How many people in your office or classroom do you really know? I mean beyond the normal work or classroom interaction? I am lucky in that I get to work with a lot of creative, intelligent, and caring People, but to be honest, with most of them, I don’t know their personal disasters or triumphs. I am sure they all have both some low moments and their sweet tastes of success, just as I do. But, sometimes our personal stories remain locked inside of us.
Like anyone my age, the Vietnam War was a seminal event for a generation, and our national scars and wounds are just now beginning to heal. I remember those images of desperate refugees climbing up to the helicopter pad at the US Embassy in Saigon. Equally haunting were the images of the “baby lift.” At the time, I couldn’t imagine what those left behind must be thinking.
Life has funny ways of intersecting when and where you least expect it. When I moved into the Communications Department, I began working with Kim Delevett on several projects for the blog. Some of those posts involve Kim’s story of returning to Viet Nam (along with a newspaper article by Kim's husband, Peter) as an adult to search for her family. During the telling of those stories, I learned more of Kim’s life story and of the incredible love of her birth mother as Saigon was crumbling. In spite of reading those stories, much remained unsaid until now.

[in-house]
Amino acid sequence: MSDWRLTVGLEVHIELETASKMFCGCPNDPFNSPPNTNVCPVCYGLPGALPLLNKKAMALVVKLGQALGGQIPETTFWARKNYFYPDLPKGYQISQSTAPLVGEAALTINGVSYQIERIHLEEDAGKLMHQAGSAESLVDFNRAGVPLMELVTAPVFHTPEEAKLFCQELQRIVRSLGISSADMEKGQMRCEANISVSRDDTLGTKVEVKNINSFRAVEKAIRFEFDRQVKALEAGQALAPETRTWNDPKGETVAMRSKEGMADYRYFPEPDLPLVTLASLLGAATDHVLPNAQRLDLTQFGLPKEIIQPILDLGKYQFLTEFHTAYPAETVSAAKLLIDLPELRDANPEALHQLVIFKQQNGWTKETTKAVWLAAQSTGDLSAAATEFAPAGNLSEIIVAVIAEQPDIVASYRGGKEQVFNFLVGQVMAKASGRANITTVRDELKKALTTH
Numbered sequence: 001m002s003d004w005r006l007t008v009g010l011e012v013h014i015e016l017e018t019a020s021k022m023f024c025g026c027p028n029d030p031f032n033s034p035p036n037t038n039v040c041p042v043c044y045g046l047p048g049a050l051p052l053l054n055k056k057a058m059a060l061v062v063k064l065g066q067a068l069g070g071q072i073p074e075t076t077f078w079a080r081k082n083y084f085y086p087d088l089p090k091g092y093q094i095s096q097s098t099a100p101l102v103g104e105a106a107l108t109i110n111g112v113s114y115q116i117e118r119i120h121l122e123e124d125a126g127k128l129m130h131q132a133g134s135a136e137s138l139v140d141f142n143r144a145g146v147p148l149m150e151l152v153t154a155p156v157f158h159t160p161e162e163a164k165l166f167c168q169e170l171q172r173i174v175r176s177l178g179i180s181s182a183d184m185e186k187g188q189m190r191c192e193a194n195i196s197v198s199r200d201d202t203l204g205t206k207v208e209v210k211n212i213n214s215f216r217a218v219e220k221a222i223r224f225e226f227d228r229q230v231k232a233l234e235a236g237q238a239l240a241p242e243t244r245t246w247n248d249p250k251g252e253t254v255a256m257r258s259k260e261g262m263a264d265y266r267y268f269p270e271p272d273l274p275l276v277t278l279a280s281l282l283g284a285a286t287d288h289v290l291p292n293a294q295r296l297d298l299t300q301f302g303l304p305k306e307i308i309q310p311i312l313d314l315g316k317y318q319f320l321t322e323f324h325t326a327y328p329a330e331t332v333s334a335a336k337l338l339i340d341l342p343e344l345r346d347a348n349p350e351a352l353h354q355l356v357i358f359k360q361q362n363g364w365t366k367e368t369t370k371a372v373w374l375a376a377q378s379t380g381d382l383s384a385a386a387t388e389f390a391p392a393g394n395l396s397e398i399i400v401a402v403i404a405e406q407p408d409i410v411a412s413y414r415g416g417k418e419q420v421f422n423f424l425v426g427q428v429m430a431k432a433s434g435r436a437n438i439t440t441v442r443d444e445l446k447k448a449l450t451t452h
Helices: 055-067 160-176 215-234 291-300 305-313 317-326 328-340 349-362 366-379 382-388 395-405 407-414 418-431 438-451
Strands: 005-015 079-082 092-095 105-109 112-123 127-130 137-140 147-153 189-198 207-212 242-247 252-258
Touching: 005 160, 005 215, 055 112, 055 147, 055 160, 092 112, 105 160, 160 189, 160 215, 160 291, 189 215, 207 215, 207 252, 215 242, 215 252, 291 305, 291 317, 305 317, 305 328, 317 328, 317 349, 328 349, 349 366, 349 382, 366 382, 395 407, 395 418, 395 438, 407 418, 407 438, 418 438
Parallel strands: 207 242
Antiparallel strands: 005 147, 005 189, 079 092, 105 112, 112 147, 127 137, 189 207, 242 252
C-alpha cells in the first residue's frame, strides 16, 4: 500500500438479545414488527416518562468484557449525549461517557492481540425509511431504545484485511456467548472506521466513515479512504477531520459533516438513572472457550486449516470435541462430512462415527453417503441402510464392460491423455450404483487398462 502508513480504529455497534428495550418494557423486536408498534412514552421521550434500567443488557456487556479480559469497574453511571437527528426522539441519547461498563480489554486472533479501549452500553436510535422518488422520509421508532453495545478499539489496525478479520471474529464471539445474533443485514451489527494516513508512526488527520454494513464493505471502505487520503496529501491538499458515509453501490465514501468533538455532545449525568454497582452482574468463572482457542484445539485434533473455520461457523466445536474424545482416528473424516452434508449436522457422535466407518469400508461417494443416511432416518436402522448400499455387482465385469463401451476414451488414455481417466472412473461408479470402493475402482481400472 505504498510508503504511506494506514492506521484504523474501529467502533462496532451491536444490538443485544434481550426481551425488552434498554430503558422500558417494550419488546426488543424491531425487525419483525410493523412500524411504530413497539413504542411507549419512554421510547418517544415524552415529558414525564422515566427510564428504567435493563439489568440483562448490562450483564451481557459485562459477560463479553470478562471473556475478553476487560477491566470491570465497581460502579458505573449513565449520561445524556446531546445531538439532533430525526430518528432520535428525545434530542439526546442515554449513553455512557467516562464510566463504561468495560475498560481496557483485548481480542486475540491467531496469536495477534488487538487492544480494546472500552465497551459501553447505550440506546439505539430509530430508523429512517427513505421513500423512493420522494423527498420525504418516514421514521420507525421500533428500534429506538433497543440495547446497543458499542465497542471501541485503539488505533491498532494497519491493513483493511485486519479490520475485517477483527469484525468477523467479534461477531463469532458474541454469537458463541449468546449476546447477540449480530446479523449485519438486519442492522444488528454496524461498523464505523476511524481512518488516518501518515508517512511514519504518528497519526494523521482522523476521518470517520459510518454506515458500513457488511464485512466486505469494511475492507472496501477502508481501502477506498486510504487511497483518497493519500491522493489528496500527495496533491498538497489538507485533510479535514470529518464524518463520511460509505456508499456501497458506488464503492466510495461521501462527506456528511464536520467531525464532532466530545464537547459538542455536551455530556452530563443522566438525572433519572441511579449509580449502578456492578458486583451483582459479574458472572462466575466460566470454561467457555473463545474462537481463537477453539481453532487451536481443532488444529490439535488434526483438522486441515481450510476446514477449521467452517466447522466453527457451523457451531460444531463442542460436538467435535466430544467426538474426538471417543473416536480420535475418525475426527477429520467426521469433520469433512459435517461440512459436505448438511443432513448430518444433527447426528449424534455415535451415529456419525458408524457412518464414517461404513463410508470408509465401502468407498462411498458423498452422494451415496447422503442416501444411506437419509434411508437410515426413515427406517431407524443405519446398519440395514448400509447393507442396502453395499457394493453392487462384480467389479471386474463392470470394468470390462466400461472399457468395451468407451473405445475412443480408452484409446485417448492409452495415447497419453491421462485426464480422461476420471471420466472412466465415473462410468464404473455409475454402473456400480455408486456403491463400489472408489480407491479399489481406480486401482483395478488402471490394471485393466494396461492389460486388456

Early this year, Kim was asked to be part of a Vietnamese American oral history project for the Digital Clubhouse Network, and she worked with a college student to rpoduce the video; Kim’s story is now available on a YouTube video. The good folks at the Digital Clubhouse Network provided the technical assistance for the video. Warning, don’t watch this without keeping a box of tissues close at hand. I think the factor that makes the video so moving is that you hear Kim's voice telling her story.
Kim’s search for her past and her own history continues. In the video, you will learn about Jim Smith, and thanks to the video, Kim is getting closer to being reunited with Jim.
At a recent event, Kim met Sachi Koto, formerly of CNN. She was so intrigued by Kim’s story, that she launched a search for Jim Smith in her online newsletter. Remaining hopeful that the newsletter and this post will bear fruit, Kim tells me: “Southwest will not only play a part in spreading the word, but when I do find Jim, I bet Southwest will fly us there!” I have a big hunch that Kim will be successful.